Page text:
Ethel couldn’t help but beam. Her plan had been flawless. She knew that Allen could make a bomb out of anything and everything under the sun, so a potato originally intended for the night’s dinner complemented by some stolen supplies from the medical closet seemed like a good way to go. She didn’t know how Allen had managed to plant the bomb during the middle of the day, but she didn’t really feel the need to ask questions as they zoomed down hallway after hallway.
The front door of the Georgia Paradise Senior Center was protected by only one guard, seeing as the others had run toward Allen’s little diversion. The ID controlled doors had become unlocked because of the recently shut-off power. Still, Ethel knew that this part of the escape would be difficult. The guard saw the group of runaways coming from down the hallway and looked very confused. After all, what elderly person would want to take on a big, burly guard such as the one standing in their way? Ethel looked down at Rosemary, who looked terrified.
“Don’t worry, Rose. We’ll be free soon,” Ethel reassured her. She settled herself, taking time to ensure that her group was ready. Taking a look into the gentlemen’s faces. Allen looked ready to fight. Reginald simply gazed at Ethel, happy to be following her wherever she was going.
Into battle they went.
“Can I help you?” The security guard asked with a furrow in his brow.
“Just going for a stroll around the block,” Ethel asserted.
“You’re not allowed to leave the premises, ma’am.”
“Young man, show some respect for your elders and get the hell out of my way,” Ethel said, showing some bravado.
“You know I can’t do that ma’am. If you want to get through this door you’re gonna have to go through me.”
Ethel reached for her shiv. She didn’t want it to come to this. Unfortunately, it would have to if she wanted freedom from this hellhole.
At being addressed, Allen launched right back to ‘Nam, charging at the guard with fists raised. Rosemary had to look away as the two muscular men went at it. Ethel tried to get Reginald and Rosemary through the front door as the guard was occupied, but Allen had already taken a punch to the chest, which had knocked the air from his lungs. Wheezing, he hunched over as the guard got ready to land another blow. Their chances of escape weren’t looking so good anymore.
Ethel didn’t expect her Reggie to save the day, but the old geezer sure did. He jumped into the fight, giving Allen just enough time to catch his breath. Reginald wasn’t a very strong fighter and was overpowered quickly, but Ethel was taken aback when he sank his teeth into the guard’s beefy arm.
“Sic ’em, Reggie!” Ethel couldn’t help but encourage him. For once, her husband had been useful. The guard shrieked in pain but still managed to take a swing at Reginald’s jaw. Ethel reached for her shiv and firmly gripped her cane, ready to get even.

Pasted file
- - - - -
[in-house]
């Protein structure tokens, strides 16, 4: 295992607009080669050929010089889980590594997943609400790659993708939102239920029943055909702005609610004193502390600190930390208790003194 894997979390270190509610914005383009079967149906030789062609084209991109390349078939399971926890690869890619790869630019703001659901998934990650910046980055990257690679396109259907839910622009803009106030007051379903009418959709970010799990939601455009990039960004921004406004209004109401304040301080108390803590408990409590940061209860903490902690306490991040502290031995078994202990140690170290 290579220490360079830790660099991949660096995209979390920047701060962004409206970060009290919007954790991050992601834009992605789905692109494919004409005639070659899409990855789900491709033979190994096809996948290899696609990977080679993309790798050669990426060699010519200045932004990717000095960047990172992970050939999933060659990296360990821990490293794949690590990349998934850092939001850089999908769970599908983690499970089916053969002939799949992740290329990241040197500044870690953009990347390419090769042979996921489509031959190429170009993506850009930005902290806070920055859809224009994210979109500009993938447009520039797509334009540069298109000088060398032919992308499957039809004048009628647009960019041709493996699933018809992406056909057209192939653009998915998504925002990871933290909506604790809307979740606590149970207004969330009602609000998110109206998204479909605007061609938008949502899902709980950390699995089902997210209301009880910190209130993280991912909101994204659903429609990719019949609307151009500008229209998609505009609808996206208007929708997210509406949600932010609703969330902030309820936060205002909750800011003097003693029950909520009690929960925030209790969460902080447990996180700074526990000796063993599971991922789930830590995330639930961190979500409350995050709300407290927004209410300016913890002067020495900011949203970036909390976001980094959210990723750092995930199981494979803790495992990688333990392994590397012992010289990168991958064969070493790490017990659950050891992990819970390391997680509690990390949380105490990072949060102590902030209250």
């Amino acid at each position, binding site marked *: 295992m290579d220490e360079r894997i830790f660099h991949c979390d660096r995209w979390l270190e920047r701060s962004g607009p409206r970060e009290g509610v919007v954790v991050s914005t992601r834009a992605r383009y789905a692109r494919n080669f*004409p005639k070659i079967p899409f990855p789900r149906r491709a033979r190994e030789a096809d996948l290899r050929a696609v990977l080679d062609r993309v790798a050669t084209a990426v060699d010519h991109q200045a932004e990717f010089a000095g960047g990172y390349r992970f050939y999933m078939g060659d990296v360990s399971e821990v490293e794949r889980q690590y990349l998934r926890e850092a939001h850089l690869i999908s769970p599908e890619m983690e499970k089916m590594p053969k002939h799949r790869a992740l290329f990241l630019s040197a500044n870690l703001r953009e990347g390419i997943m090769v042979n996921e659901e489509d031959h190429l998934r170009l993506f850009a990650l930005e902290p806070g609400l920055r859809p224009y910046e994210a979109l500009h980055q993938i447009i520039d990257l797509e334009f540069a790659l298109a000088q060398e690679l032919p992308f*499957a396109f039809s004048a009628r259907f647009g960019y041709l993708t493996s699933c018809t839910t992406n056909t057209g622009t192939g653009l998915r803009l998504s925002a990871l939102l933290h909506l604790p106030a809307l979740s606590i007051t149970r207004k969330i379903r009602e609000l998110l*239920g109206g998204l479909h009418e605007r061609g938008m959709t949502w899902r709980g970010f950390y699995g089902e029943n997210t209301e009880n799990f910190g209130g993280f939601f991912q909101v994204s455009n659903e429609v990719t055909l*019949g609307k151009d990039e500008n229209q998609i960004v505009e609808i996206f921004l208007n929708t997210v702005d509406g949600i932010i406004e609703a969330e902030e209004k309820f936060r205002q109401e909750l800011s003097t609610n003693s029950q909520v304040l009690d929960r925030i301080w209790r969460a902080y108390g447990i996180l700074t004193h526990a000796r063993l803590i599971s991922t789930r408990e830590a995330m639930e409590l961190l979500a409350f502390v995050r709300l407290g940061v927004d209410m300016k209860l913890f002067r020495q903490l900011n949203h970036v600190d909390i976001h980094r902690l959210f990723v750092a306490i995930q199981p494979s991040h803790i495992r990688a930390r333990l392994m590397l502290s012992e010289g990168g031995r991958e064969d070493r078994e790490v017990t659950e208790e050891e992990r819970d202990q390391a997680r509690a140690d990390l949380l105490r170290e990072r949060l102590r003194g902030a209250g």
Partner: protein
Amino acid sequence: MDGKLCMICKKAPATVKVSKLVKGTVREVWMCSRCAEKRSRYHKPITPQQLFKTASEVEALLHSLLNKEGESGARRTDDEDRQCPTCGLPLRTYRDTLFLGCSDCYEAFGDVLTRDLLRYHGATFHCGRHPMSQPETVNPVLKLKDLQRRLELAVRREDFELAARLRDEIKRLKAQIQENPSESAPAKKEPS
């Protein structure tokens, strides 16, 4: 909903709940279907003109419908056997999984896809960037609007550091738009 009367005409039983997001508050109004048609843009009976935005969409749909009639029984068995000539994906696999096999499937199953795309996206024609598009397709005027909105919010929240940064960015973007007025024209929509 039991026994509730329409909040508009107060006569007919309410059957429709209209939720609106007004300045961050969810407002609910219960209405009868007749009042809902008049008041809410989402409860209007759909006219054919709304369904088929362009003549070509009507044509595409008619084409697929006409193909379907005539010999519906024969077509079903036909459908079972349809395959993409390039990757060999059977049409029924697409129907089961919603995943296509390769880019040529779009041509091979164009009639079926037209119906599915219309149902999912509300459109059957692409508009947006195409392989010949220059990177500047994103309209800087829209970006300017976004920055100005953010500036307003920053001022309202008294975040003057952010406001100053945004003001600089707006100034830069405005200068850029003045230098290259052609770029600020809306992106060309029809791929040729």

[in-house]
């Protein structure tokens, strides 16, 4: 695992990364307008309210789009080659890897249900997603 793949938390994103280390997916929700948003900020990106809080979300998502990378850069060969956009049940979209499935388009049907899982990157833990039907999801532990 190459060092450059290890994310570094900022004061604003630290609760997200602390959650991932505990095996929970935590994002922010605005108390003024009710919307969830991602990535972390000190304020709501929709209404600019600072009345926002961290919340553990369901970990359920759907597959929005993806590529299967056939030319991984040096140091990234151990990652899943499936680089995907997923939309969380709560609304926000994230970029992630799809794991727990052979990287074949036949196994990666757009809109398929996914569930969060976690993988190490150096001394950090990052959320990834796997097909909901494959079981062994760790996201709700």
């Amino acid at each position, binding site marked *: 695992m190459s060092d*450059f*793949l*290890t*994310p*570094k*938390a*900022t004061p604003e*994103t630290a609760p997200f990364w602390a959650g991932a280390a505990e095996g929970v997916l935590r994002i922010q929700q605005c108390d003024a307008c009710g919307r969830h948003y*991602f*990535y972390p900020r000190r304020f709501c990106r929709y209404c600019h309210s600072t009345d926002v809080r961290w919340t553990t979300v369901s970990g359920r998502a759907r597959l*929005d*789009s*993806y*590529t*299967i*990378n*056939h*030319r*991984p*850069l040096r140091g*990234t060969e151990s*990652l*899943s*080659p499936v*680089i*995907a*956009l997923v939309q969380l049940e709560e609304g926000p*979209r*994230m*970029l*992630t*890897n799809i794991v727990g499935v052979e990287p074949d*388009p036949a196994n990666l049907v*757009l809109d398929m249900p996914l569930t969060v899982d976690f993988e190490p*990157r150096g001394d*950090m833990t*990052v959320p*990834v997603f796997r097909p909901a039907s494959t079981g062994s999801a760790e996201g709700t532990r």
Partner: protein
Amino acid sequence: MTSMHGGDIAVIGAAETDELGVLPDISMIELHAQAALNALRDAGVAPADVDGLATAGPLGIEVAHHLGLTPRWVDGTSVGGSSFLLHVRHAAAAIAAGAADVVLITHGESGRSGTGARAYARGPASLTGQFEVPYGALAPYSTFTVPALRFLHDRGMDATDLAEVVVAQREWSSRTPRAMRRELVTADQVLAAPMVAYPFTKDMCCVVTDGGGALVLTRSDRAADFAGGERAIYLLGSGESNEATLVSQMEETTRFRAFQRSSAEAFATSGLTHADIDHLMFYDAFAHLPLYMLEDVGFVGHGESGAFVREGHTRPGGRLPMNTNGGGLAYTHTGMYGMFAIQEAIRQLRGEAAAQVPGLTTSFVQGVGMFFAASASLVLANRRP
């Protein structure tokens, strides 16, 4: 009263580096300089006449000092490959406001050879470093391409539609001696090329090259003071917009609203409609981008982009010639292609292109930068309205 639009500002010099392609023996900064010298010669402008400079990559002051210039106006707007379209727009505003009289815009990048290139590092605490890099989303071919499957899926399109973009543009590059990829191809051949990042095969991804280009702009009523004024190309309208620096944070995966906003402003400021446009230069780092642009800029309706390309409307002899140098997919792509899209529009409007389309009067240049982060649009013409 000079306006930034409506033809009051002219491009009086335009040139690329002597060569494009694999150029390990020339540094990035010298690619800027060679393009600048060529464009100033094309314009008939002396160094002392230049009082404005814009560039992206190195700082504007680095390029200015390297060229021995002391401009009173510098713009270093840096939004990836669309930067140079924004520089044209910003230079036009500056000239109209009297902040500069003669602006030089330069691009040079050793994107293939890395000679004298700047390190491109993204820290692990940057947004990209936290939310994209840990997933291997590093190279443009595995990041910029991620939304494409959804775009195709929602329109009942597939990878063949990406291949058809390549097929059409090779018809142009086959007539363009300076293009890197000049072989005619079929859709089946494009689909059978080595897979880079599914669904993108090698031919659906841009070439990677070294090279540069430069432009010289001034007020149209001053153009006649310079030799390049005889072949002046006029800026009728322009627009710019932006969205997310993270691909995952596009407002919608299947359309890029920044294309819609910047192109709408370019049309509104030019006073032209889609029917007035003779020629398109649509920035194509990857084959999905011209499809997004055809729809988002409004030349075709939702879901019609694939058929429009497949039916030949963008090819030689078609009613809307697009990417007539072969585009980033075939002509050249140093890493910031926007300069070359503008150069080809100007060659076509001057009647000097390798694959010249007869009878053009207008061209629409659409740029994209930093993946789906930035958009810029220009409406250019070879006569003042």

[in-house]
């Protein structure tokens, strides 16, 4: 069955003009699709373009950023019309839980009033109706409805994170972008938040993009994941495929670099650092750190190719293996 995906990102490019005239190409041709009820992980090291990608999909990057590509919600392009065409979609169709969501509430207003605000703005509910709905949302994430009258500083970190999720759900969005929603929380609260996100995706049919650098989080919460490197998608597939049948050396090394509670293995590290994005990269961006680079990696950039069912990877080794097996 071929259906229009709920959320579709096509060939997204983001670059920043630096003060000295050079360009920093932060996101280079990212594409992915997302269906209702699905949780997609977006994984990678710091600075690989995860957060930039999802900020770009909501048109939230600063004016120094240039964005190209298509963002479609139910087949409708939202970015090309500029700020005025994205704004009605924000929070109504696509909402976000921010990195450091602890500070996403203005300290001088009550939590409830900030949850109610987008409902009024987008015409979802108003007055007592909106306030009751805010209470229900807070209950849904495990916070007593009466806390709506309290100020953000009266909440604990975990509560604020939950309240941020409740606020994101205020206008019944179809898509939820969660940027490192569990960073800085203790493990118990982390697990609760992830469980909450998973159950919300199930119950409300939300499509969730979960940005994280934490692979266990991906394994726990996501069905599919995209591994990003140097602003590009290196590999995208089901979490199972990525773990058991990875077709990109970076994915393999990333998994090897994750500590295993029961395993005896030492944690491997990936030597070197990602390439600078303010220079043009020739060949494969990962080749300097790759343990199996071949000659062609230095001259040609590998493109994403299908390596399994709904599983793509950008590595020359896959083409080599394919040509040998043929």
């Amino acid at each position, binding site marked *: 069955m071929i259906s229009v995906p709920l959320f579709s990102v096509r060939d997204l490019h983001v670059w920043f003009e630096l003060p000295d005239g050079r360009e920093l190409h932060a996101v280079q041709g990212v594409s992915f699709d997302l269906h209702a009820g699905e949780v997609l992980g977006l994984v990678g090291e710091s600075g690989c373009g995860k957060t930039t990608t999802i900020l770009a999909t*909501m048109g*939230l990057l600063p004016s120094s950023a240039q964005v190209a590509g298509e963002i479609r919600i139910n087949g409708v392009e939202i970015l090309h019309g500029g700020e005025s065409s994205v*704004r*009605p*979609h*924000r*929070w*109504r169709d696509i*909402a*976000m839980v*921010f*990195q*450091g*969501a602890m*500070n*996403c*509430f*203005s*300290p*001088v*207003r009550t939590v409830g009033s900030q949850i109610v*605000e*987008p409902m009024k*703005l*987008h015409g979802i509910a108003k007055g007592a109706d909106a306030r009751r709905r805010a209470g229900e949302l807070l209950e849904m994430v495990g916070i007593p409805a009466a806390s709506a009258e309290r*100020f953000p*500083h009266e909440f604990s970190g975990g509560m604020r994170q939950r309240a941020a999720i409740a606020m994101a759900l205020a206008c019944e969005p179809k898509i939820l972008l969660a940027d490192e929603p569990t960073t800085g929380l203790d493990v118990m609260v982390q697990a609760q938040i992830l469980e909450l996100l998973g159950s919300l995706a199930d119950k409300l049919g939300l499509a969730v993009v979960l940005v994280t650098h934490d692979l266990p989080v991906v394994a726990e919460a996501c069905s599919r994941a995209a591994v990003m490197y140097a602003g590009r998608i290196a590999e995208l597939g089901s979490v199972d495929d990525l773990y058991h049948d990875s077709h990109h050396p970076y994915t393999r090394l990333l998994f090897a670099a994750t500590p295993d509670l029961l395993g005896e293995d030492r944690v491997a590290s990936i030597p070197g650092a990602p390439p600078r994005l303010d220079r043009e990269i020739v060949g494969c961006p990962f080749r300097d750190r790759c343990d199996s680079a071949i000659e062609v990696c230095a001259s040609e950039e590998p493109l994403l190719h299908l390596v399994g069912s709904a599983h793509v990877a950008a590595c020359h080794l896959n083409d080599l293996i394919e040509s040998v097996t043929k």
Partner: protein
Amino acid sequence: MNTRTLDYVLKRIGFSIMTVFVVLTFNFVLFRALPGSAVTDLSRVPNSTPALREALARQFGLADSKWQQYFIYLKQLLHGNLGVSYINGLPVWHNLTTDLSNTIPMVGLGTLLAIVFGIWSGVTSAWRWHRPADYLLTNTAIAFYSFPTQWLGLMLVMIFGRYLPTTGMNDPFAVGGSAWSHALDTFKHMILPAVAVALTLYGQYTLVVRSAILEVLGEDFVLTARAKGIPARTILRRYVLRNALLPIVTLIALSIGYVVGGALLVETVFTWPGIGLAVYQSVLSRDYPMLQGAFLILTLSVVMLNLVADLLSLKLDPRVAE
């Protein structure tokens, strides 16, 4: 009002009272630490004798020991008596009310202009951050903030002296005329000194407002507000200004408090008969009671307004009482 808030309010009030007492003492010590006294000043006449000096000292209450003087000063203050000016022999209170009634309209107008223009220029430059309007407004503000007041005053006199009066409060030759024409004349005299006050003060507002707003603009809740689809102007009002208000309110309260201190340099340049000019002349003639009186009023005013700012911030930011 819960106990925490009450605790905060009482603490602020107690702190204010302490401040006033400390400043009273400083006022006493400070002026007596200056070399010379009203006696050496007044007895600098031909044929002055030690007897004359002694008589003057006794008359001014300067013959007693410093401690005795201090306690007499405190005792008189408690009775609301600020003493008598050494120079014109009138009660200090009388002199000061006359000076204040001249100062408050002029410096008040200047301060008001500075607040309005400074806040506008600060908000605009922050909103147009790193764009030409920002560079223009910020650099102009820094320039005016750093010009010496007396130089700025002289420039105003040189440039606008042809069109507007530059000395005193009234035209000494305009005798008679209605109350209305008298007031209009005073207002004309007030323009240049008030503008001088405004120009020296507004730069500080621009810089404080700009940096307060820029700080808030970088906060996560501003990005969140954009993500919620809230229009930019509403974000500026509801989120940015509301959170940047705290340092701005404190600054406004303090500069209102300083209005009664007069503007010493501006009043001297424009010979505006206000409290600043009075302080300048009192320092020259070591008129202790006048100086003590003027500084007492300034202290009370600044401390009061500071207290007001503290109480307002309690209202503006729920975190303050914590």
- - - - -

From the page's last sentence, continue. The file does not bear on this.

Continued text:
“That’s my husband, you bastard!” She swung her trusty wooden cane hard into the man’s thigh. Following her initial attack, Ethel then plunged her sharpened knitting needle into his gut. Ethel’s stomach had never felt more settled.
She was finally free.
“Wait… I’m your husband, dollface?”
“Great heavens, Reginald, we do not have time for this,” Rosemary chimed in, clearly panicked and eager to escape this dangerous situation. Allen pushed Rosemary’s wheelchair forward. The guard fell to the ground as Ethel, Rosemary, Allen, and Reginald rushed into the free, open air.
“So, let me get this straight. You four broke out of a nursing home using a bomb made out of a potato and a sharpened knitting needle?”
“Yes, your Honor,” Ethel replied, muttering under her breath, “and I’d do it again.” The trial had finally begun.
After the group had successfully escaped from Georgia Paradise, they thought they were home-free. What they didn’t consider, however, is that a squad of police vehicles would be racing down the street toward the recently set-off explosion. Ethel, Rosemary, Allen, and Reginald were quickly taken into custody when the group was seen suspiciously shuffling away from the crime scene. The incapacitated guard also gave a very detailed description of the suspects after he recovered in the hospital. Ethel had effectively transferred herself from one prison to another. With this realization plaguing her mind, she began plotting her group of diabolical geezers’ next escape from the Greenville County Jail.
Grace Tilles is a senior at Marquette University studying Writing-Intensive English and Advertising. She has always loved reading and writing but also enjoys painting, playing video games, and walking her dogs.
Jeffrey P. Grosscup, “Stillwater Prison,” Hennepin County Library (1973): https://digitalcollections.hclib.org/digital/collection/p17208coll4/id/595.